Race to recycled plastic fashion
Sustainable and fair-trade fashion is a growing part of the clothing market and the mechanical properties of recycled polyester and elastane are ideal for performance activewear, as global retailer H&M has proved.Ã— H&M
The Sweden-headquartered high street mainstay launched its latest sportswear collection made with sustainable materials in January 2018, with each piece of clothing in the portfolio consisting of predominantly recycled elastane and polyester, offering the wearer comfort thanks to the garments' quick-dry technology, ventilation and innovative 'seamless' knitting.
The collection is targeted at women and includes hoodies, tops, leggings and sports bras for training, running and yoga.
"By bringing together the functional and feminine, the aim is to give customers a stylish, conscious sports collection," said Petra Smeds, Head Designer of Sportswear at H&M. "Blending function with sustainable thinking and fashion in this way is the way forward."
H&M is a retailer that stands by its sustainability pledge, with the brand aiming to become completely circular by 2030, but it isn't the only fashion retailer exploring recycled plastics materials for activewear.
GRN Sportswear, which is based in Bristol in the UK, is reprocessing plastic bottles and abandoned fishing nets for its cycling, triathlon and swimming clothing to reduce its carbon footprint and prevent plastic materials from being wasted at end of life.
Co-founder of GRN Pete Lillie was quoted by Climate Action as saying: "We decided to offer ... sports clothing that was technically advanced and ethically sourced. Our initial offering was a cycling jersey made from 100 per cent recycled plastic bottles and a range of bamboo t-shirts."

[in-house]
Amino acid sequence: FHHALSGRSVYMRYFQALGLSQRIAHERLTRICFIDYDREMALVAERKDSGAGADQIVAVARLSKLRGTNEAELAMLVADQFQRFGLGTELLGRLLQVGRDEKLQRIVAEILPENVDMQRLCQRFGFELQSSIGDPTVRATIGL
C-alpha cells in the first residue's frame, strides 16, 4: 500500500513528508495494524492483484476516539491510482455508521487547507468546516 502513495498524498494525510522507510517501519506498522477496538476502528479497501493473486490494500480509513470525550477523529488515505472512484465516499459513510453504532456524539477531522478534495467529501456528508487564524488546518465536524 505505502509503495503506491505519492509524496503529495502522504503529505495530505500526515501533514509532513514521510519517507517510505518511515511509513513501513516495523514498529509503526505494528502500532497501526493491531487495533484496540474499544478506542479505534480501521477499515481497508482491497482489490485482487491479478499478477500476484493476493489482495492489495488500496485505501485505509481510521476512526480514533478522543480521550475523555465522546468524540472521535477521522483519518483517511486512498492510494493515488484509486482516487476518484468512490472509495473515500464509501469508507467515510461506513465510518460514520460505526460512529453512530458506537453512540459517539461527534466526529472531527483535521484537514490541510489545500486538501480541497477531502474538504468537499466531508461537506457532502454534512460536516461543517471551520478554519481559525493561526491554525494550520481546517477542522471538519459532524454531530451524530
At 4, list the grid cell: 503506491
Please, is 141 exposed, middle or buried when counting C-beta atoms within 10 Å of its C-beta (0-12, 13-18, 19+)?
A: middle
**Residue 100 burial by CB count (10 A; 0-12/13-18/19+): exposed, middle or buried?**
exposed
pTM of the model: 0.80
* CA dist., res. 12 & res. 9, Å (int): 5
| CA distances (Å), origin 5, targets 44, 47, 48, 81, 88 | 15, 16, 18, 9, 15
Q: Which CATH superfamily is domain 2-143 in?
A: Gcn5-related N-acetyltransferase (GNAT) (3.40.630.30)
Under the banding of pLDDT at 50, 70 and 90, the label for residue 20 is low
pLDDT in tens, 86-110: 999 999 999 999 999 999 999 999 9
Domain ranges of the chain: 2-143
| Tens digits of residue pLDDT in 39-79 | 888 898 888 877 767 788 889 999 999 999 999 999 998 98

GRN is not ignorant to the side issue of microfibre pollution caused by microscopic fibres of synthetic fabrics breaking away from the yarn and being ingested by marine animals, and the company has stated that it is investing in research for synthetic yarns that are less prone to shedding.
"WeÂ’re part of a growing number of innovative companies trying to tackle this issue head on but itÂ’s going to be some time before any company is truly able to say 'our clothing has no impact on the environment'," said GRN CEO Rob Webbon.
Until then, the retailer advises to buy well and buy once, as cheaper synthetic materials are more prone to shedding than higher quality materials, to wash sportswear at a lower temperature in a laundry bag and only if it really needs to be cleaned, and to patch and mend activewear rather than throwing it away.
This project has received funding from the European Union's Horizon 2020 research and innovation programme under grant agreement Nº 737882.
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